Infogroup Establishes Copyright for “Database Compiled from Facts”; Database101 & Vin Gupta Liable for $53.6M

Infogroup LogoIt has been 4½ years since Infogroup sued its former CEO Vinod Gupta and Database101 for infringing Infogroup’s database copyright and trademarks, unfair competition, false advertising and breach of various contracts.  After leaving Infogroup, Gupta founded a set of competing companies with similar features and content as Infogroup.  These include Infofree, DatabaseUSA, and AtoZDatabases.  Database101 was held liable by a jury for $43.6 million and Gupta for $10 million.

According to Infogroup, the court held that “(i) Infogroup’s extensive processes of compiling its databases (data selection, refinement, verification, updating and user-friendly arrangement) were so sophisticated and value-enhancing, that the databases qualified for copyright protection and (ii) Gupta and DB101 had unlawfully passed Infogroup’s proprietary database off as their own.”

“The jury agreed that Infogroup’s industry leading techniques of database management qualified Infogroup’s database for protection under federal copyright law,” said Greg Scaglione of Koley Jessen, who litigated the case. “These verdicts are a testament to the extraordinary quality of Infogroup’s databases, and the company’s tenacity in protecting its databases, copyrights, trademarks and the market place from competitors’ misconduct.”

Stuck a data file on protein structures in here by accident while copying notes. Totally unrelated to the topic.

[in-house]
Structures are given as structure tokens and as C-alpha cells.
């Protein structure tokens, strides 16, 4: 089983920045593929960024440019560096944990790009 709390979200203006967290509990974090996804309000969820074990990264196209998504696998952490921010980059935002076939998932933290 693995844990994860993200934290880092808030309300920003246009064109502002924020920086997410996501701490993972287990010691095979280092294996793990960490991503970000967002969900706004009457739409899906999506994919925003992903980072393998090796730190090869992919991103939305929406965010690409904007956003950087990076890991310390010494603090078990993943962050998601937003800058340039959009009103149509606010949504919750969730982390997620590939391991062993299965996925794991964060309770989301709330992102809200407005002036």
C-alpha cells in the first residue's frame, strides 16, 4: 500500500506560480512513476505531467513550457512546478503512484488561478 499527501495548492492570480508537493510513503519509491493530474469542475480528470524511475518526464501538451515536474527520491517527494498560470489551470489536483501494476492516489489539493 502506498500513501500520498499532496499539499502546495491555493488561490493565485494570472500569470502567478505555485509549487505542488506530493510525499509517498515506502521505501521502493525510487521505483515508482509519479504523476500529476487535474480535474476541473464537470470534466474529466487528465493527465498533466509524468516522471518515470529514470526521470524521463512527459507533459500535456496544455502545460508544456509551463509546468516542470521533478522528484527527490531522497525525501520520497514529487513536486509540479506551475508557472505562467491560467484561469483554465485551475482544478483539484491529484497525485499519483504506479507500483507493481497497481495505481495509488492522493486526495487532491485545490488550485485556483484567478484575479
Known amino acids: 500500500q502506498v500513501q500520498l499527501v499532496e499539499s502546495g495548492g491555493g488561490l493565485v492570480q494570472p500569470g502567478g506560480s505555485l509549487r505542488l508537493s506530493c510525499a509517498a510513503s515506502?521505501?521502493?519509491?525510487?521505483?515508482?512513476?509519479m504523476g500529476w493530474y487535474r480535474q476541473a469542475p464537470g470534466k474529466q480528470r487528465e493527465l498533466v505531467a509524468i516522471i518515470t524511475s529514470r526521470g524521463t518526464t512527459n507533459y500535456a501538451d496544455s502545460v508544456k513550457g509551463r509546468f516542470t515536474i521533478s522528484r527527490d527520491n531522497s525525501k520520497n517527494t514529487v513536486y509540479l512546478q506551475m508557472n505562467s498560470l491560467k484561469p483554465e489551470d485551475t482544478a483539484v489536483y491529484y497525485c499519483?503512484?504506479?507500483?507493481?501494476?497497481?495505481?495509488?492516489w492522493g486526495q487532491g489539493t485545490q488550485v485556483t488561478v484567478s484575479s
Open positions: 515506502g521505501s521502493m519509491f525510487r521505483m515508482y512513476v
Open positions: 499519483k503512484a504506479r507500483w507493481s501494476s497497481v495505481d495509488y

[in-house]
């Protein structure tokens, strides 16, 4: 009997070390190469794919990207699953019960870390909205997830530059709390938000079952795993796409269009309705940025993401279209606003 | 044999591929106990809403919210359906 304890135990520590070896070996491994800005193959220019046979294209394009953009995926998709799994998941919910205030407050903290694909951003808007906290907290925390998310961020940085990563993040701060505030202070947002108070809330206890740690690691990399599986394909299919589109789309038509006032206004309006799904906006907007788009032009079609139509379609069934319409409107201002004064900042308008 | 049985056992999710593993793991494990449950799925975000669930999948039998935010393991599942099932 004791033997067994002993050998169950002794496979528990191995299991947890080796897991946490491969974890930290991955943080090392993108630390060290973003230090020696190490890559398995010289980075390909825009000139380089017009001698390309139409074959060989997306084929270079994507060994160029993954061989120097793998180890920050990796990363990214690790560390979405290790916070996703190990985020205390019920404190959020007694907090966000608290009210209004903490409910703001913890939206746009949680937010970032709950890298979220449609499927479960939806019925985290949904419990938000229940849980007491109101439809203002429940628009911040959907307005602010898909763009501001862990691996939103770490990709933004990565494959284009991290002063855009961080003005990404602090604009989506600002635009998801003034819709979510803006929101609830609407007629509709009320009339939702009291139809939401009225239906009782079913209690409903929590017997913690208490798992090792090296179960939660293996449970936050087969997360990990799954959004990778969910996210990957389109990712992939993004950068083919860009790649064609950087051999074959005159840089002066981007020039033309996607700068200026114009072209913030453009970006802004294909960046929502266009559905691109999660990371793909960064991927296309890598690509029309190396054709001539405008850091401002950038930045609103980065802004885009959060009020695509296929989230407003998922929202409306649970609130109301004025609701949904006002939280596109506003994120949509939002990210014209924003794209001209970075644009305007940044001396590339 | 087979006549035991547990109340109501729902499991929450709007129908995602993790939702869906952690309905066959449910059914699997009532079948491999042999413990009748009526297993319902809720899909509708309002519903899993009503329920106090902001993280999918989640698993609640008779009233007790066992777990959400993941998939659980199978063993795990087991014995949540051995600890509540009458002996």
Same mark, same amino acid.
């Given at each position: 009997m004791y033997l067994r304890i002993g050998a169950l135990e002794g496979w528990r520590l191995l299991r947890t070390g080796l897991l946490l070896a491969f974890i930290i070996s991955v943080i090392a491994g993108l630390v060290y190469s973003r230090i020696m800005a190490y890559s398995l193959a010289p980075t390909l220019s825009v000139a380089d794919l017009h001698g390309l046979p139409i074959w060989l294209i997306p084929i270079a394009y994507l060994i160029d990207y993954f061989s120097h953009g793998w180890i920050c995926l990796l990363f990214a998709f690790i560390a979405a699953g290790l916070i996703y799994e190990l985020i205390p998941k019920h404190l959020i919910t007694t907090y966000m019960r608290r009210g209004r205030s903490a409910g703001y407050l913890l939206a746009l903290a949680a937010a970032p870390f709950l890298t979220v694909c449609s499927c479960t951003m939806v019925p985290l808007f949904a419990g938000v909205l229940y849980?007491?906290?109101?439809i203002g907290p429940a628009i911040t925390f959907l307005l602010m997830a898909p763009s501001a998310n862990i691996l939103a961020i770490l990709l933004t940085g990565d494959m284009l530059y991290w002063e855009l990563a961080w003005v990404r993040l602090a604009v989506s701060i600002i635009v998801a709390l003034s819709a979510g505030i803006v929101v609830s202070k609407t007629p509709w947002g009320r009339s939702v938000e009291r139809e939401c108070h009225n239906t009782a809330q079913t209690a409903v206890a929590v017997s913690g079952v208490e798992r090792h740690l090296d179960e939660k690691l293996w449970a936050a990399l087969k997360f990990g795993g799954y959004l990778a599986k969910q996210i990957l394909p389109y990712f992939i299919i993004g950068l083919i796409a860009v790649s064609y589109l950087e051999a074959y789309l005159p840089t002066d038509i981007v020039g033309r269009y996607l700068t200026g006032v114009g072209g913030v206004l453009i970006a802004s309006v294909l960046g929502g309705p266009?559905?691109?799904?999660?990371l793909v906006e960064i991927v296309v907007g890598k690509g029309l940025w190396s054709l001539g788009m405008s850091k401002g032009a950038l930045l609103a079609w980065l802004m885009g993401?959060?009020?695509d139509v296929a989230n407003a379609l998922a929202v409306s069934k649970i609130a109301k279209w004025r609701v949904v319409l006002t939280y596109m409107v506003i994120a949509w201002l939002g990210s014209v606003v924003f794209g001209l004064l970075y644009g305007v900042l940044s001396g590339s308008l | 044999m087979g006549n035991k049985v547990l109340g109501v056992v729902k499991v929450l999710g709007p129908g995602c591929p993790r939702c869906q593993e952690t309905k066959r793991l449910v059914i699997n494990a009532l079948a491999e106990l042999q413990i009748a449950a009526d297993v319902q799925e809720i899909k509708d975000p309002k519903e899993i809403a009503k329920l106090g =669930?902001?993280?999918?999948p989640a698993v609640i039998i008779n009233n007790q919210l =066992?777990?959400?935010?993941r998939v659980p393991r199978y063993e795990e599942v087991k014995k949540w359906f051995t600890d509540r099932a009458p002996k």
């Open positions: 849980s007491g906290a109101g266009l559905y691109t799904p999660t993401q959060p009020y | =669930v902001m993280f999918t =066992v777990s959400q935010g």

In 2008, Gupta was fired from Infogroup for leading a lavish lifestyle paid for by the then-public company.  Soon after, Gupta founded Database101 and hired thirty employees away from Infogroup.  Infogroup charged that Database101 stole the Infogroup database along with trade secrets.  They also held that Database101 infringed on Infogroup copyrights and marks, mimicked Infogroup products, and implied that the two companies were affiliated in their marketing.

Scaglione told Law360 that “Infogroup has successfully protected our database copyright and have established legal precedent that a database compiled from facts is protectable under federal copyright if the compiler uses selection, arrangement or coordination of the facts during the compilation process.”

Disclosure: I was the Manager of Strategy and Competition at Infogroup from 2010 through 2012.  Prior to that, I was a Product Marketing Manager at OneSource Information Services, an Infogroup subsidiary.

Leave a Reply

Fill in your details below or click an icon to log in:

WordPress.com Logo

You are commenting using your WordPress.com account. Log Out /  Change )

Google+ photo

You are commenting using your Google+ account. Log Out /  Change )

Twitter picture

You are commenting using your Twitter account. Log Out /  Change )

Facebook photo

You are commenting using your Facebook account. Log Out /  Change )

Connecting to %s